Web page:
But Jesus called them to him and said, “You know that the rulers of the Gentiles lord it over them, and their great ones exercise authority over them. It shall not be so among you. But whoever would be great among you must be your servant, and whoever would be first among you must be your slave, even as the Son of Man came not to be served but to serve, and to give his life as a ransom for many.” – Matthew 20:25-28
Christian Unity comes when believers are aligned horizontally and vertically. Horizontal unity refers to the harmony that abides between every brother and sister in the family of God regardless of personal background, gifting, or position in the church. Vertical unity refers to the alignment that exists up and down the chain of command in Christ’s Body. Vertical unity requires, in part, excellent Christian servant leadership.
Hierarchy is a godly thing. Many Christians today bristle at the notion of top-down leadership in the Body of Christ, but Jesus designed for His people to function in this way. The Lord chose twelve men to be His authoritative apostles (Mark 3:14), and the apostles appointed leaders in local churches to oversee and continue the work of the kingdom (Acts 14:23). Hierarchy even exists in the perfection of God Himself. The Son submits to the Father, and the Spirit proceeds from Father and Son in order to glorify the Son.
The problem with hierarchy is not the structure itself but the leaders who fail to follow Jesus’ teaching on Christian leadership.
In Matthew 20:25-28, Jesus expressly forbids His apostles – the leaders of His people – to use their authority as ungodly rulers often do. Non-Christian leaders are inclined to lord their power over their subjects, seeking selfish gain at the expense of those under their charge. Christian leaders are to do the very opposite. Great Christian leaders become the greatest servants of all in the Church. Jesus Himself, the Head of the Church, models this kind of leadership by giving His own life for us and dying in our place.
Throughout the book of Acts, the apostles imitate this same kind of sacrificial leadership. They expose themselves to mocking, social rejection, and possible death by declaring that Jesus is the only Savior and that everyone must repent and believe in Him. They deny themselves and expend great effort to seek the Lord in prayer, ministry of the word, fasting, and worship for days at a time. They make difficult decisions that do not always coincide with the suggestions of others. The apostles leave their families and personal pursuits behind in order to advance the gospel and serve the Church. Without this kind of leadership, what would have become of the early Church?
Sometimes Christian servant leadership today is misunderstood to mean that Christian leaders are to be permissive. But Christian leaders courageously call all Christians and non-Christians to believe God’s truth and live according to His standards, even though their own popularity may suffer for it. Neither should Christian servant leadership be misconstrued as passive. Christian leaders do not avoid difficult people or situations, but they confront false teachers, convey hard messages, and experience social, emotional, and physical setbacks to represent Christ accurately. They stand ready to receive all sorts of backlash for the sake of the Name and the health of the Body.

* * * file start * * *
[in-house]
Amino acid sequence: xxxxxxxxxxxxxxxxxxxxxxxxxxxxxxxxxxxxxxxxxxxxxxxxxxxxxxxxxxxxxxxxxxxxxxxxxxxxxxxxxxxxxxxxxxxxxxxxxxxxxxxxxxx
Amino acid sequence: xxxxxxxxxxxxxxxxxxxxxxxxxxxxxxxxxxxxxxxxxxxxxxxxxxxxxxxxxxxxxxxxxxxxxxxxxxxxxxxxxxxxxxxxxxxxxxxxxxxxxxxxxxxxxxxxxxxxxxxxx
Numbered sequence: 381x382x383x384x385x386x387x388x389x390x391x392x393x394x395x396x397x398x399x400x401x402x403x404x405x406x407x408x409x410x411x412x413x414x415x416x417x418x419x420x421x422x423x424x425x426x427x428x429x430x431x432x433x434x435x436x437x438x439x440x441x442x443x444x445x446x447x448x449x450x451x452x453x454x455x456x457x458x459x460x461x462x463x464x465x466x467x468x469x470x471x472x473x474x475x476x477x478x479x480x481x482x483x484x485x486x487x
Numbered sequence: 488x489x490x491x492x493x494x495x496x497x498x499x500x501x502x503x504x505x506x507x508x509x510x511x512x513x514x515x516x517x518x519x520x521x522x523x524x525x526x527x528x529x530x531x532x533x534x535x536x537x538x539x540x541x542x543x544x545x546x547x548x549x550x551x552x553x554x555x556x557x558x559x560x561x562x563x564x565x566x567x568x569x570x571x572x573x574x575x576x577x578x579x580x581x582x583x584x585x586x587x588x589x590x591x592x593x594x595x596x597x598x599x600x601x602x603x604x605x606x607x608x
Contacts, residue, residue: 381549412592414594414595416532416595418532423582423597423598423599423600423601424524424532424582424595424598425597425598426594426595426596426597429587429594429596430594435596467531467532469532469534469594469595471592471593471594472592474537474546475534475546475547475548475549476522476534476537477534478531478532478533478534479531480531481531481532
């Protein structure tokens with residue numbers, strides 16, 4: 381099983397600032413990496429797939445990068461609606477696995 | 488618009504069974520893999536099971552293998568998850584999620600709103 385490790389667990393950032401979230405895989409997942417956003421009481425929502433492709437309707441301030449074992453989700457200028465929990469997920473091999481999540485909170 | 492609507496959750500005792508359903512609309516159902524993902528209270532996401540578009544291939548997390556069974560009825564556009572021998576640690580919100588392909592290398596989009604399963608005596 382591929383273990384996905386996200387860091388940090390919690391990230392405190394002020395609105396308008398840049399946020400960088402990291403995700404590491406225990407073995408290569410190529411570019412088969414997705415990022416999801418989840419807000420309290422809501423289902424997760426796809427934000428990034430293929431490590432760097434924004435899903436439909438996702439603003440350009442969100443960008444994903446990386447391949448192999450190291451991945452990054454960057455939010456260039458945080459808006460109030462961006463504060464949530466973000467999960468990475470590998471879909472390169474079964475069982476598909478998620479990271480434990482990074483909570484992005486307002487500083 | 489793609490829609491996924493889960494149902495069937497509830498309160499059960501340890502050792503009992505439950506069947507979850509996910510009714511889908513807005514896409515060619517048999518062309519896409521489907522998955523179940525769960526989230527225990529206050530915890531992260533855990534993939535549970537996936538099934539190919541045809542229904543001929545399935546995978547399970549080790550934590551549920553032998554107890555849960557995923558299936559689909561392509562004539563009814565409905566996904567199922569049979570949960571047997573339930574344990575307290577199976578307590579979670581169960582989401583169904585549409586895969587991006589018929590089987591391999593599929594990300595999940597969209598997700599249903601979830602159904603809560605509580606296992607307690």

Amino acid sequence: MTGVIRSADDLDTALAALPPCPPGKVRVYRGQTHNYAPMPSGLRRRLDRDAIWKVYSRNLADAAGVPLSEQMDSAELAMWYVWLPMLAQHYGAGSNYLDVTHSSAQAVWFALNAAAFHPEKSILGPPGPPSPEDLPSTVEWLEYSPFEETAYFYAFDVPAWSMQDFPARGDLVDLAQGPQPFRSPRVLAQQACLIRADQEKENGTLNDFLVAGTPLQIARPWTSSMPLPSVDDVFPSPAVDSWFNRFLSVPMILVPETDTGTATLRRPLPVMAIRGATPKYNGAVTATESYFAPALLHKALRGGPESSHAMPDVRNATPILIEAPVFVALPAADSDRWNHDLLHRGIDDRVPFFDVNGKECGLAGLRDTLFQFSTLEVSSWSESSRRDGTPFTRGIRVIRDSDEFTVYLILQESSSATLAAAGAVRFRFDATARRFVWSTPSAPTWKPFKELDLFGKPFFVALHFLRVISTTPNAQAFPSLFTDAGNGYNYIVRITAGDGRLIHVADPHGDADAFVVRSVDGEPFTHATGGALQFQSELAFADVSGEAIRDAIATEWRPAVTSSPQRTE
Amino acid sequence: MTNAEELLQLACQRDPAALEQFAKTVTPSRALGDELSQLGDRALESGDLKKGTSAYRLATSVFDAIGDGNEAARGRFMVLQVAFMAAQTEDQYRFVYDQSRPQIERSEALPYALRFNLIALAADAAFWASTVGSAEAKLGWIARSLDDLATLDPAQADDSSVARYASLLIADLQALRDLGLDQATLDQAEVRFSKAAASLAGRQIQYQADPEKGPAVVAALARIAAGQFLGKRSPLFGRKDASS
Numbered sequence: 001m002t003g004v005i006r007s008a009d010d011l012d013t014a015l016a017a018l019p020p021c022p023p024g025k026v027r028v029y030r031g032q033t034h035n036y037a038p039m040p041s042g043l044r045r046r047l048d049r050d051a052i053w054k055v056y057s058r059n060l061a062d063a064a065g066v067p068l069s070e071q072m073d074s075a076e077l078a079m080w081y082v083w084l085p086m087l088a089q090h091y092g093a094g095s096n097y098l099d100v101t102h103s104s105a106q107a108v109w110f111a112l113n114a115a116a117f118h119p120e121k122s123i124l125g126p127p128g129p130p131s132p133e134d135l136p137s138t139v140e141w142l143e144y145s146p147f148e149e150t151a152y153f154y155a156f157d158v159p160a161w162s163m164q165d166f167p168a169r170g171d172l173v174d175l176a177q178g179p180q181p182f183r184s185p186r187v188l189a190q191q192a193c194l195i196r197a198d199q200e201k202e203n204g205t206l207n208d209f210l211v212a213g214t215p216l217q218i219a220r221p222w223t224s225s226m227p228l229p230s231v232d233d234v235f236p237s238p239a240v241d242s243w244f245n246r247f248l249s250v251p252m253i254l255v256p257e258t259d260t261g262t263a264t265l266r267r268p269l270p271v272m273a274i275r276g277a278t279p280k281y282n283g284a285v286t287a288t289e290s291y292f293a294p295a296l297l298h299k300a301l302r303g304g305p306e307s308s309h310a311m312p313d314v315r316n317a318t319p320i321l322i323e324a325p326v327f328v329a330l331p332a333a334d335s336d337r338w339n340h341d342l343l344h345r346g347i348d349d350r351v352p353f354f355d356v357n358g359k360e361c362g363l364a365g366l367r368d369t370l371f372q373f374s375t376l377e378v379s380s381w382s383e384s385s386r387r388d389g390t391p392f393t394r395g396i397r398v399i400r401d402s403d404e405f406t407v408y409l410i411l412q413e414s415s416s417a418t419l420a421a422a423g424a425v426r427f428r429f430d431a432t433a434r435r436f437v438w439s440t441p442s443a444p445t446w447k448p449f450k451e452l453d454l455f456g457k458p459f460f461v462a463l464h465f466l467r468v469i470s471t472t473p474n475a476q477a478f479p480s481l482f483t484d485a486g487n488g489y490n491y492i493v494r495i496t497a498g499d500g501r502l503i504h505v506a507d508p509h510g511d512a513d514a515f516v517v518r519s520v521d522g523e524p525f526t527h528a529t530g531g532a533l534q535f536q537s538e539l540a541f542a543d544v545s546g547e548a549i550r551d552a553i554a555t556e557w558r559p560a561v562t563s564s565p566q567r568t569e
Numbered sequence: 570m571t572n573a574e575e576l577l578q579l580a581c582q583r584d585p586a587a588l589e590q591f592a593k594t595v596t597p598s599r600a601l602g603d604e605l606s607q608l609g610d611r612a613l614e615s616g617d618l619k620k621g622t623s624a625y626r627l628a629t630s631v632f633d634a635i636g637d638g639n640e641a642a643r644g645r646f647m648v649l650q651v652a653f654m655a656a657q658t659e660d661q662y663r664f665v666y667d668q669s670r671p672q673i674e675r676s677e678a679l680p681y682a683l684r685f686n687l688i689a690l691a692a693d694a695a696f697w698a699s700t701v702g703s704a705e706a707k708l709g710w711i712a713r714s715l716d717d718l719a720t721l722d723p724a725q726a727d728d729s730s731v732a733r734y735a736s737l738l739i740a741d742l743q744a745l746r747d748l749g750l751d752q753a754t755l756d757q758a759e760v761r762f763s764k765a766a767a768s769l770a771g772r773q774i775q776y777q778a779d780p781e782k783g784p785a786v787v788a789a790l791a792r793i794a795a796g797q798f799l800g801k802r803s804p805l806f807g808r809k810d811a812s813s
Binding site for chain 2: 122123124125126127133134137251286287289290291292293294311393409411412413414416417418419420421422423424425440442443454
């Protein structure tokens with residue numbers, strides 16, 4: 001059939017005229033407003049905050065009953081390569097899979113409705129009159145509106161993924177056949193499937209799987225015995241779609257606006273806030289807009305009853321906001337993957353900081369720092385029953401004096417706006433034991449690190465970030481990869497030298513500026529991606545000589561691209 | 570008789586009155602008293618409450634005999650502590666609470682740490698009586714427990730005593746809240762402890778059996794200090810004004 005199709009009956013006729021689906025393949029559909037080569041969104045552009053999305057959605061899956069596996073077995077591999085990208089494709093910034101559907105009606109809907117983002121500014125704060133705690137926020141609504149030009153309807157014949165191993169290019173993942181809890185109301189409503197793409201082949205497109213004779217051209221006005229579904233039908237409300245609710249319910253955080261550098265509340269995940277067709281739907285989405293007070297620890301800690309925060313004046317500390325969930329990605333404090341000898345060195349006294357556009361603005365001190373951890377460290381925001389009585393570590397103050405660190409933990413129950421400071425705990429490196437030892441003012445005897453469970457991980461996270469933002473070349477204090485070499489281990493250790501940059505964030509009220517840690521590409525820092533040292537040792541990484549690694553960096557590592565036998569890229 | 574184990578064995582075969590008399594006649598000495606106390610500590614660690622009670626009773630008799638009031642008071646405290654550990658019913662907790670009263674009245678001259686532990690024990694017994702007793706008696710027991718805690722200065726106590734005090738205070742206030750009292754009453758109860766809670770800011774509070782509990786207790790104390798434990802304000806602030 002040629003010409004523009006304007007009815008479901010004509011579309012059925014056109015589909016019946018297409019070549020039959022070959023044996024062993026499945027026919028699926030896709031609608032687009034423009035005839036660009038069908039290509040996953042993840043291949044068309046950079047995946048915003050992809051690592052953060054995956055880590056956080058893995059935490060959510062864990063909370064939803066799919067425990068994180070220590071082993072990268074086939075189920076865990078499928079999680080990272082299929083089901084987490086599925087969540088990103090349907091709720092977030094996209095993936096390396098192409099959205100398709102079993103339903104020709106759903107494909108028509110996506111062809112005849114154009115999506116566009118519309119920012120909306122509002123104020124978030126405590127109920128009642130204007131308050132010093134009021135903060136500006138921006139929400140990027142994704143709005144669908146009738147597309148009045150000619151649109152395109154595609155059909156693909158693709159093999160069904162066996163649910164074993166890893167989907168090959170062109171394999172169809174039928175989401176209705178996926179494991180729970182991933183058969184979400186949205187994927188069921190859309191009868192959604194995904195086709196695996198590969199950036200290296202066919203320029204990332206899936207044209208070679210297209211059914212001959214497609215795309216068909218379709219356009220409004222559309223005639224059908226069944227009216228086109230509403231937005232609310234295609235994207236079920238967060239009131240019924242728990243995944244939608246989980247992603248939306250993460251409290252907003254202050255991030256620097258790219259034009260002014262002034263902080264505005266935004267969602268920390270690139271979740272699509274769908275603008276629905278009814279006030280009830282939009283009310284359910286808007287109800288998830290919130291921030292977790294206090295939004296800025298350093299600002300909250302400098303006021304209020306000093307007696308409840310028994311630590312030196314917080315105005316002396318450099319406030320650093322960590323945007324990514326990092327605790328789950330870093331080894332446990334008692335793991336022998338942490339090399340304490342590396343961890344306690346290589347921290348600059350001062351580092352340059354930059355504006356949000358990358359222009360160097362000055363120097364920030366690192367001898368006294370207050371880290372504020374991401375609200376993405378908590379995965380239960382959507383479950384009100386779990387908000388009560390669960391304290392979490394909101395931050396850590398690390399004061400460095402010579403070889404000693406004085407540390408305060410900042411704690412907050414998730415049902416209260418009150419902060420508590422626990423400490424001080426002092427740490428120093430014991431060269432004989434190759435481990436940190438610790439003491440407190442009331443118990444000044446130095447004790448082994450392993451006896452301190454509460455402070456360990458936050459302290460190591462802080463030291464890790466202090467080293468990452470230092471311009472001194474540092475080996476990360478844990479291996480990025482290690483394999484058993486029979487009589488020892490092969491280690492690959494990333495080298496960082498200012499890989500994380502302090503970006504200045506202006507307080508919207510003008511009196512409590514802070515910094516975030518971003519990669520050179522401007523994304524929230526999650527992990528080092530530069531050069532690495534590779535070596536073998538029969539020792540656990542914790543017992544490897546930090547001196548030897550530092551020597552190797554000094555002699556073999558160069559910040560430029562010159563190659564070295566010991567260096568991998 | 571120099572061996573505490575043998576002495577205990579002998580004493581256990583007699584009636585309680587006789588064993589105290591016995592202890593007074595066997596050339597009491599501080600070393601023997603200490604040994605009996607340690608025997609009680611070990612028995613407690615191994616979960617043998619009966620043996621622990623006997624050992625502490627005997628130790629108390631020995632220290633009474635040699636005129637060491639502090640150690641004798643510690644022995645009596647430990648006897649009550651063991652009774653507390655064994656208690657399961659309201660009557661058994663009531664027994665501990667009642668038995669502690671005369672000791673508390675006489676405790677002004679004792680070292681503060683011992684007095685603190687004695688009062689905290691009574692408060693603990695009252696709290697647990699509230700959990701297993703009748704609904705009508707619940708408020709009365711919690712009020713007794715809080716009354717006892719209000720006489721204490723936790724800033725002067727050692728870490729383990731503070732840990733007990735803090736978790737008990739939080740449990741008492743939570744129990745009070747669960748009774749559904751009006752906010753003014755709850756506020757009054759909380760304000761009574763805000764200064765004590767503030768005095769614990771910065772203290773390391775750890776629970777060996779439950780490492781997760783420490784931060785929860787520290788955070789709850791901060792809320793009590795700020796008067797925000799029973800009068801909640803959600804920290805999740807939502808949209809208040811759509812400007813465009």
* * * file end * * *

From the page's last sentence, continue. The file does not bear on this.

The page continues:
One of the primary ways that Christian leaders are called to sacrifice themselves is by seeking the Lord with great diligence and at a higher level than other Christians. Like the first apostles, the effectiveness of Christian leaders comes from being with Jesus and being filled with His Spirit, not from personal charisma or trained skills. Therefore, Christian leaders must lead the way in humbling themselves through fasting, seeking God’s face in prayer, taking in large amounts of Scripture, walking carefully in repentance and obedience, and drawing near to God on their own or with other Christian leaders for days at a time.
When Christ-like character is combined with these kinds of counter-cultural Christ-like actions, Christian Unity is not far away. Though Christian leadership demands death to self, it is an honor and privilege to serve the Lord and He will richly repay all who lose their lives for His sake.
Father in Heaven, give Your church in America Christian leaders who are willing to sacrifice great personal costs for Your sake and the sake of Your Church. Help them to lay down their own self-interest, even if it means they are ostracized, minimized, deprived, scorned, and hated because they are faithful to You and Your ways. Fill them with Your Spirit to be like You in every way. Help us to remember to pray for our spiritual leaders and to submit to their leadership. Bring about horizontal and vertical unity in every local church and throughout Your Body, in Jesus’ name, amen.
Chuck Hetzler, Ph.D.
Director, CU Day and Night
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